Bikwin-Jen Group

(U. Kleinewillinghöfer 2011, updated 2015)

A. Bikwin

Burak-Loo Burak [ɓʋʋrak]
Loo [shʋŋɔ]
Mak-Tal Mak (LeeMak) a. Panya
b. Zoo
Maɣdi (Tala)
Bikwin (proper) Leelau (Munga Leelau)
Mɔɔ (Gomu)
Kya̰k (Bambuka)

B. Jen

Jen, Janjo Dza a. local variants
b. Joole,Jaule
Munga Doso [Məŋgaŋ Doso]
Tha

The Bikwin - Jen Group has two distinct subgroups: Bikwin and Jen. The Bikwin languages are spoken in settlements in the western part of the Muri Mountains and the adjacent plains to the north and south. The Jen languages are spoken along the Benue from Jen downstream to Kapawa. None of the languages overtly shows any trace of a former noun class system. Nominal plurals are rarely marked, and when, the plural markers are always prefixed.

Bikwin. The Bikwin (sub)group has three branches:
(i) Burak and Loo, two distinct ethnic groups, speak variants of one single language. They can converse without any problem.
(ii) Mak-Tala consists of two distinct languages: Maɣdi (Tala) and Mak spoken by the LeeMak of Zoo and Panya. The lects of Zoo and Panya appear to be intercomprehensible.
(iii) Bikwin proper, the third branch comprises of three closely related languages Leelau, Mɔɔ, Kya̰k which the people claim are intercomprehensible. The speakers nevertheless maintain to belong to three distinct ethnic groups.

Jen. The Jen subgroup consists of three distinct languages: Dza (Jen), Məngaŋ Doso, and Tha. Jen or Dza, as the people call it themselves, is in fact a dialect cluster. Each of the three wards of Jen, their large settlement on the northern bank of the Benue, speaks its own variant. Other variants are spoken by the Joole or Jaule, fishermen settling downstream from Jen. Tha [Ɵá] spoken by the westernmost Joole group appears to be a distinct language. The language of Munga Doso, is an early offshoot from Jen.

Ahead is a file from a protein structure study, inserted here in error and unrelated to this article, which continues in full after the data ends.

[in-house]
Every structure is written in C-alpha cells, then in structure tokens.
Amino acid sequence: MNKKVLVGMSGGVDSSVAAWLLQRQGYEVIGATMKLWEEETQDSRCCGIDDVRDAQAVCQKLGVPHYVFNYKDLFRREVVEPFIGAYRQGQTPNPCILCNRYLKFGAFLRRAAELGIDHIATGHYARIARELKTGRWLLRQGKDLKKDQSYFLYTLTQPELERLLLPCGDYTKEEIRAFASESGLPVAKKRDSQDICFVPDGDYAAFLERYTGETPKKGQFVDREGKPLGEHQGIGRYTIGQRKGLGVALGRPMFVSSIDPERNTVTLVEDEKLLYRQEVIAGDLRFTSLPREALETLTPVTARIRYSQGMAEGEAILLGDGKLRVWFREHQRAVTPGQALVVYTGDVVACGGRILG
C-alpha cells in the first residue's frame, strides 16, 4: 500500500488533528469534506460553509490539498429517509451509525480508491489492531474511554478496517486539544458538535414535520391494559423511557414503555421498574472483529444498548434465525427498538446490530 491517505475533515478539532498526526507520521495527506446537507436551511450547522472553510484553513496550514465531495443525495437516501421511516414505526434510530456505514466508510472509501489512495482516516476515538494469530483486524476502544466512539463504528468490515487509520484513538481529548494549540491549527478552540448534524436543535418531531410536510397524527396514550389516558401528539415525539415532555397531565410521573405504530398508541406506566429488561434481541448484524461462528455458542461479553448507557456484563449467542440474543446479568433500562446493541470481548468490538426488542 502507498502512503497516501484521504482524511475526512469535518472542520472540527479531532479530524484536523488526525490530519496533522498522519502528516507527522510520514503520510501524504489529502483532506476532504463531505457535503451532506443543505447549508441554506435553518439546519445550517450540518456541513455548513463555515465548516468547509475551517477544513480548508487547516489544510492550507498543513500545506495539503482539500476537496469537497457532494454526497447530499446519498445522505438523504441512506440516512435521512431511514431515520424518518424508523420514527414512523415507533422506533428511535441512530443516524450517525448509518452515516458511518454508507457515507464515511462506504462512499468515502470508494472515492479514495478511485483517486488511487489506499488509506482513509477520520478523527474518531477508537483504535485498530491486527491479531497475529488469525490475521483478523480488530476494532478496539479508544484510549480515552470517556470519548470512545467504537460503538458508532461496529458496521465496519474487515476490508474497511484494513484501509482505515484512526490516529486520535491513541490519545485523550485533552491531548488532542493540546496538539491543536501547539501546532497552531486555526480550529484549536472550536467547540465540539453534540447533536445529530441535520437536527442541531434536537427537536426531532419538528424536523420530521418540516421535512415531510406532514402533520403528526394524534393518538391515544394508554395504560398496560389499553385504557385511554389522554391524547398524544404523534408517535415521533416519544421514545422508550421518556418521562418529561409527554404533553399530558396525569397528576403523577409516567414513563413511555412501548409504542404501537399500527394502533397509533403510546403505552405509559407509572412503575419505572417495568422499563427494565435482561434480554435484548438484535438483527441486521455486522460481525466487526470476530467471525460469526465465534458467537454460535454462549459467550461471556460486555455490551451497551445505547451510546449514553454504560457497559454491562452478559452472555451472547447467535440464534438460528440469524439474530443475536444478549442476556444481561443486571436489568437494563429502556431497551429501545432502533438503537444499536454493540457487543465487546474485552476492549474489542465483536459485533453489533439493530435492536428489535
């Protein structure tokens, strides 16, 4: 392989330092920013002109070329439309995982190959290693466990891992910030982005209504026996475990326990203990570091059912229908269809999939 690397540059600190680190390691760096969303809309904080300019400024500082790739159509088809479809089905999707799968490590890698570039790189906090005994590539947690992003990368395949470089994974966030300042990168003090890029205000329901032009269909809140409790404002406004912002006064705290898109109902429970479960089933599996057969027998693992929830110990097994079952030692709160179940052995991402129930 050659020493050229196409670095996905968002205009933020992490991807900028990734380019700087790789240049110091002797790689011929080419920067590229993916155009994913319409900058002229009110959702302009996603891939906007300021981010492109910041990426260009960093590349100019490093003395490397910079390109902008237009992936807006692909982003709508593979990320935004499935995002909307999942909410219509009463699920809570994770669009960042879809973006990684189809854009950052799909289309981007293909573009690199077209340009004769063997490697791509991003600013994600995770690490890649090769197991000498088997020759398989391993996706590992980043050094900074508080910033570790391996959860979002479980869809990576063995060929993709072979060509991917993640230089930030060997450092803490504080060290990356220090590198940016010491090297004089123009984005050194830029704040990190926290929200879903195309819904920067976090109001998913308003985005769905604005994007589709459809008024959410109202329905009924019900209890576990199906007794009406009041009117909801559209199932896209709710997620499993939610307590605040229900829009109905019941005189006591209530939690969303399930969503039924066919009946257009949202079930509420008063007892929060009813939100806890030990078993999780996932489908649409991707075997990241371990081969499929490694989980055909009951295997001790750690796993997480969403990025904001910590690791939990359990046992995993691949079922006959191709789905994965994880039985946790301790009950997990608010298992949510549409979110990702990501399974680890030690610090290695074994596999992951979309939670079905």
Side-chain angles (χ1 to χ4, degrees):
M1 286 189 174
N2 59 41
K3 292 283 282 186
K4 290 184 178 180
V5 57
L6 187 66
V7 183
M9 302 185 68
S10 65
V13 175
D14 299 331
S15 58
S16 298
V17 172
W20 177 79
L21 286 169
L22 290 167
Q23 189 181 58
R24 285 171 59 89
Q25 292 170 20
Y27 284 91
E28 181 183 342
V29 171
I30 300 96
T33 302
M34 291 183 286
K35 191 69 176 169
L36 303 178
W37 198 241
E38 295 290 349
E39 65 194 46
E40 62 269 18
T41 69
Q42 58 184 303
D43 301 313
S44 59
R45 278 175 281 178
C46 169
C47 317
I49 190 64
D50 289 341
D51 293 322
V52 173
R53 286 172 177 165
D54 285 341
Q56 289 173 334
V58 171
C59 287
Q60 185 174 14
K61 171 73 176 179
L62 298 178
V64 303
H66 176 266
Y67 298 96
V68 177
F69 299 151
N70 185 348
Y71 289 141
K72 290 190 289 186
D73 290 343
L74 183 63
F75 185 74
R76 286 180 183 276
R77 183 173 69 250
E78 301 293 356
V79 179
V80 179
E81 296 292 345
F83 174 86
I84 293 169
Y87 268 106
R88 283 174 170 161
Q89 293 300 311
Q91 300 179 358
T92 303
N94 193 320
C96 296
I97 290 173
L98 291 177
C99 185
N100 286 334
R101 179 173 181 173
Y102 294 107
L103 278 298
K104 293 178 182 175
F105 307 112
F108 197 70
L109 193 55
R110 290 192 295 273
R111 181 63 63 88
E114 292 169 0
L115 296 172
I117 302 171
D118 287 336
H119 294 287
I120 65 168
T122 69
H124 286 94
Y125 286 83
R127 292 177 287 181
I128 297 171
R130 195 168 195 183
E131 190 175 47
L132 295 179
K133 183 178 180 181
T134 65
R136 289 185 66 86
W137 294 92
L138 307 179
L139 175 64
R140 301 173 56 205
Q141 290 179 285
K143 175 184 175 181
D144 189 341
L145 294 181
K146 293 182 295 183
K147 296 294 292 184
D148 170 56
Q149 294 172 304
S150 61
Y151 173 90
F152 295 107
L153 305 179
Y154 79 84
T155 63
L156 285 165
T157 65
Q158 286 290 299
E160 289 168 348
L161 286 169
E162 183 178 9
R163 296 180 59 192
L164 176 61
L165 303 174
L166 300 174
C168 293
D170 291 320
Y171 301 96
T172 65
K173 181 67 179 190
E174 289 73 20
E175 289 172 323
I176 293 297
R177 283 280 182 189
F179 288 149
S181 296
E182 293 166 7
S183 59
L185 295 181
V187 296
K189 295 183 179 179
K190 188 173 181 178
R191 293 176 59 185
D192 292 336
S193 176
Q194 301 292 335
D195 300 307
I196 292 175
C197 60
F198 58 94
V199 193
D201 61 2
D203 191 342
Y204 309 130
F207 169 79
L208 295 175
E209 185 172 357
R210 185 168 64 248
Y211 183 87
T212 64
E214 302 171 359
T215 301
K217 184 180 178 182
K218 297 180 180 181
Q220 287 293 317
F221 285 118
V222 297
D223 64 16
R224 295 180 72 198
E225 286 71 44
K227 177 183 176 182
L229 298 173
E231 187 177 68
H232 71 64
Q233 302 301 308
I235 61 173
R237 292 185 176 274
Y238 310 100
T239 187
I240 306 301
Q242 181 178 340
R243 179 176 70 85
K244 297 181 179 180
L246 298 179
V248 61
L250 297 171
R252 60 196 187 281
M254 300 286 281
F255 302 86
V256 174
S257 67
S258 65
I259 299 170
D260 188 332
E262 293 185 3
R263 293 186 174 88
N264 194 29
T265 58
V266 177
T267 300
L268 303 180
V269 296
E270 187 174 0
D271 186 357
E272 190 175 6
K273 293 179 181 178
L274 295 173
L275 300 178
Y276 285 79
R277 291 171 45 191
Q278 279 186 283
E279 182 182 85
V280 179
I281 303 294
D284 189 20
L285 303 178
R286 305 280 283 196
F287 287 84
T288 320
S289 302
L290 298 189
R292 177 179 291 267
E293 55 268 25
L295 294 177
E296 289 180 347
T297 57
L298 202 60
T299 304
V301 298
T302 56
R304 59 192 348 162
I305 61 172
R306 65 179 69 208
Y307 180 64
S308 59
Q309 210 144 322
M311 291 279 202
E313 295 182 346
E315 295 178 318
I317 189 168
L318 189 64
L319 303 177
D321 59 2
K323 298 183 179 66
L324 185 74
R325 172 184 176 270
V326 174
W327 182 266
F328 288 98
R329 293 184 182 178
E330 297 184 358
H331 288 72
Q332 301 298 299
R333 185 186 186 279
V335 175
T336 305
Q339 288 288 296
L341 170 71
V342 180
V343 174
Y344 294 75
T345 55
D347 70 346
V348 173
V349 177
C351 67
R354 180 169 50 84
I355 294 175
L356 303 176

Pronouns and Numbers 1-10

Bikwin - Jen Comparative wordlist (100)

 

 References:

Adelberger, Jörg. & Ulrich. Kleinewillinghöfer. 1992.  The Muri Mountains of North-Eastern Nigeria. An outline of the ethnographic and linguistic situation. The Nigerian Field 57: 35-48.

Adelberger, Jörg. 1994. Bevölkerungsbewegungen und interethnische Beziehungen im Gebiet der Muri-Berge: eine vorläufige Darstellung. - in: Hermann Jungraithmayr & Gudrun Miehe (ed.) Mitteilungen des Sonderforschungsbereichs 268 (Burkina Faso und Nordostnigeria). Westafrikanische Studien, Bd. 1: 11-29. Köln: Köppe.

Adelberger, Jörg. 1995. Zum Verhältnis von Sprache, Ethnizität und Kultur in den Muri-Bergen Nordost-Nigerias. - in: Sprachkulturelle und historische Forschungen in Afrika. Köln: 13-27.

Adelberger, Jörg. 2009. Maxims and Mountaineers – The colonial subjugation of the peoples of the Muri Mountains and the adjacent regions in Northern Nigeria. in: Afrikanistik online (Cologne) (e-publication, URL: http://www.afrikanistik-online.de/archiv/2009/1910/)

Crozier, David H. & Roger M. Blench (eds). 1992. An Index of Nigerian Languages. Second edition. Dallas: Summer Institute of Linguistics.

Greenberg, Joseph H. 1963. The Languages of Africa. The Hague: Mouton.

Jungraithmayr, Hermann. 1968/69. Class Languages of Tangale-Waja District. Afrika und Übersee 52: 161-204.

Kleinewillinghöfer, Ulrich. 1994. Geographisches Vokabular der Waja, Tula, Awak, Burak und Tangale. Ein Vergleich. - in: Jungraithmayr, Hermann. & Gudrun Miehe (eds): Mitteilungen des Sonderforschungsbereichs 268 (Burkina Faso und Nordostnigeria). Westafrikanische Studien I: 125-142. Köln: R. Köppe.

Kleinewillinghöfer, Ulrich. 1996. Die Nordwestlichen Adamawa-Sprachen - Eine Übersicht. In: Seibert, Uwe. (ed.) Afrikanische Sprachen zwischen Gestern und Morgen. Frankfurter Afrikanistische Blätter 8: 80-103.

Kleinewillinghöfer, Ulrich. n.d.  A concise  vocabulary of Ɓʋʋrak. (Kaltungo, multicopied).

Lewis, M. Paul (ed). 2009. Ethnologue: Languages of the World, Sixteenth edition. Dallas, Tex.: SIL International. Online version: http://www.ethnologue.com/.

Meek, Charles K. 1931. Tribal Studies in Northern Nigeria. 2 vols. London: Kegan Paul, Trench, Trubner & Co.